On vacation in Morocco years ago, I spent a week inexplicably pronouncing the French word for “mint” (menthe) as “mountain” (mont). During that week, in Fez, Marrakech, Casablanca, I ordered lots of ‘mountain tea’ (thé à la mont) before I realized my mistake. I turned red as I remembered all the waiters and café owners who had looked at me strangely as I ordered mountain tea (no such thing!) when what I really wanted was a glass of thé à la menthe. I recall one café proprietress — in the Atlas Mountains of all places — her eyes lined in kohl, shouting at me maniacally (between hearty guffaws) when I asked for some mountain tea:
ME: Thé à la mont, s’il vous plaît.
SHE: (eyes opened wide, shaking head from side to side) Non.
ME: (a bit louder) Thé à la mont, s’il vous plaît.
SHE: (frowning, shaking head from side to side and moving arms up and down) Non!
ME: (emphasizing each word) Thé à la mont, s’il vous plaît.
SHE: (hands on hips, eyes almost popping out of their sockets, spittle flying) NON! NON! NON!
At this point, I left the shop — thirsty, confused and a bit scared; the woman’s other clientele became silent during our exchange and they gave me pitying looks as I left the café.
Thankfully, most Moroccans were “understanding” of my inadequate (WRONG) tea orders and figured out immediately that I wanted a pot of spearmint tea. I drank gallons of sweet mint tea on that trip and was so enthusiastic about the national beverage of Morocco I came home and planted several varieties of mint in my back yard so I could make my own mint tea. When I make mint tea, using green tea and handfuls of fresh mint leaves, and, yes, handfuls of sugar too, I always remember Morocco; I loved the fields full of fragrant mint and it was always a pleasure to smell the aroma of spearmint in the countryside (or in the city) when a large truck would drive past loaded with huge bundles of bright-green mint. (And don’t get me started on the cute big-eyed donkeys munching wads of mint — a sight I saw often.)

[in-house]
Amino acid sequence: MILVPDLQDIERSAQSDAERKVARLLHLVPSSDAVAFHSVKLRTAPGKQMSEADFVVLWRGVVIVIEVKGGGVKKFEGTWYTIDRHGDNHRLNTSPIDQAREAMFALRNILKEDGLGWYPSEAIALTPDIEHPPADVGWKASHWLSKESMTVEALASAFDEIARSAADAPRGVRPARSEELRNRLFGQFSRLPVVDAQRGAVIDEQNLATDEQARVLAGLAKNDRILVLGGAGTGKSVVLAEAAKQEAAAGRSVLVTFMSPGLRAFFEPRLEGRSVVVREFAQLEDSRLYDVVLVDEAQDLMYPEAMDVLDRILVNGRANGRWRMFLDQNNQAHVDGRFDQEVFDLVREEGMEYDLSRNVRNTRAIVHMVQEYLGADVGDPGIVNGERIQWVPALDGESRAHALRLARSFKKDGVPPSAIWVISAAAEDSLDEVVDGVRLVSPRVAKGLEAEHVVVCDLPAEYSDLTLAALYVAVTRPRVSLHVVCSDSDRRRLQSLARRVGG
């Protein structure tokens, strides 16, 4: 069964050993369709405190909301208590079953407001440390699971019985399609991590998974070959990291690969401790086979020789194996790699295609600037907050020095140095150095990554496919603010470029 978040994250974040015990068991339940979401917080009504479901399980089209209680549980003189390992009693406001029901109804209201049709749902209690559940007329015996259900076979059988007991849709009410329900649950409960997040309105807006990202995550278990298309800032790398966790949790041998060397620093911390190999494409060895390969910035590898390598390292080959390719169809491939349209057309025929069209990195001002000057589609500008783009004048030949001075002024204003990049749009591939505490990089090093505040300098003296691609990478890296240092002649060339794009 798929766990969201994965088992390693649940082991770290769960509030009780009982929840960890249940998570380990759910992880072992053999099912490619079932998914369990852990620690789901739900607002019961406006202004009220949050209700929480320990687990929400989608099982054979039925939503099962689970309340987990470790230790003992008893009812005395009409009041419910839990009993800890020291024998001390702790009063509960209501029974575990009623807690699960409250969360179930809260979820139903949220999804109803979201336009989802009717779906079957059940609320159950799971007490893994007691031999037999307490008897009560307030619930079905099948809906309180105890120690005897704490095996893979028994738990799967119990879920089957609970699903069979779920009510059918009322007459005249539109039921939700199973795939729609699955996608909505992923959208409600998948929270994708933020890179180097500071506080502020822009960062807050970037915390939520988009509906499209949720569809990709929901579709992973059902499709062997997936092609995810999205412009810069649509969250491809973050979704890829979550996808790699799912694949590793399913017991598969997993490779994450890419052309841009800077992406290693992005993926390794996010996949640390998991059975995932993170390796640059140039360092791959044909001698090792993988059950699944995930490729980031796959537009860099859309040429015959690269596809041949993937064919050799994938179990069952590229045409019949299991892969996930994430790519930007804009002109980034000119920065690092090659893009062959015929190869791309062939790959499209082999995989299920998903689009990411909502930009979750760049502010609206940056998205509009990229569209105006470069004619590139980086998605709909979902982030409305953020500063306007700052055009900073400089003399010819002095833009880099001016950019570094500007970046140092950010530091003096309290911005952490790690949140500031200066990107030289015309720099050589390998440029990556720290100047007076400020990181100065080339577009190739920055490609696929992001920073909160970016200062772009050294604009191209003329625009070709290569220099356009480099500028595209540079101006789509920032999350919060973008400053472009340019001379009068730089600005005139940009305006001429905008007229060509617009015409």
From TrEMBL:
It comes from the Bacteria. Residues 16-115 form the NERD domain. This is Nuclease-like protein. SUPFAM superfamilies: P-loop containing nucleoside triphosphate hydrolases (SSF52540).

Perfumer Stéphanie de Saint-Aignan’s Un Thé au Sahara perfume was inspired by Morocco and her love of Paul Bowles’ writing. In The Sheltering Sky, we read of three women, Outka, Mimouna and Aïcha, who dream of having tea in the Sahara Desert. One day they pool their money and join a caravan heading south and when they finally reach the sandy dunes of the Sahara at sunset, they take their teapot, tea tray and three glasses and walk into the desert. All night, with the bright moon above them, they search for the highest dune with the best view on which to prepare tea. Night turns to day, it becomes hot, and the women, at last, on top of the tallest dune of all, decide to sleep before making their tea.
I not only love to drink tea, but I love tea fragrances. Un Thé au Sahara contains tea, mint, incense, wood and leather; it is not an attempt to recreate the aroma of a cup of hot mint tea. Un Thé au Sahara opens with a lightly sweetened and milky citrus-mint-tea accord, then one detects a bit of smoke, a drop of patchouli and a faint leather note. Un Thé au Sahara develops quickly and its aroma stays close to the body. Un Thé au Sahara becomes “talcy” in the dry-down; overall, it’s a subtle, smooth, and quiet fragrance.
I like my tea perfumes STRONG: give me powerful scents of black tea leaves or tea “syrup” and if the tea is “smoked” — let the fragrance smell as if logs of dried tea are burning in a fireplace. I prefer Comme des Garçons Series 1: Leaves, Tea and Parfumerie Generale L'Eau Rare Matale to Un Thé au Sahara, but if those perfumes are too strong and “rough” for your tastes, give Un Thé au Sahara a try; also, if you are one of the many people who loved Nasomatto China White’s dry-down, but had trouble with its opening, Un Thé au Sahara may please you.
Un Thé au Sahara smells feminine to me, and it has a drowsy quality; it also makes me a bit “sad” — like the ending of Bowles’ tale of the women whose most pressing wish was to enjoy tea in the desert:
Many days later another caravan was passing and a man saw something on top of the highest dune there. And when they went up to see, they found Outka, Mimouna and Aïcha; they were still there, lying the same way as when they had gone to sleep. And all three of the glasses…were full of sand. That was how they had their tea in the Sahara.*
Stéphanie de Saint-Aignan Un Thé au Sahara is available in 50 ml Eau de Toilette. For buying information, see the listing for Stéphanie de Saint-Aignan under Perfume Houses.
* The Sheltering Sky, Paul Bowles, HarperCollins, 2000; 50th Anniversary Edition, p. 31.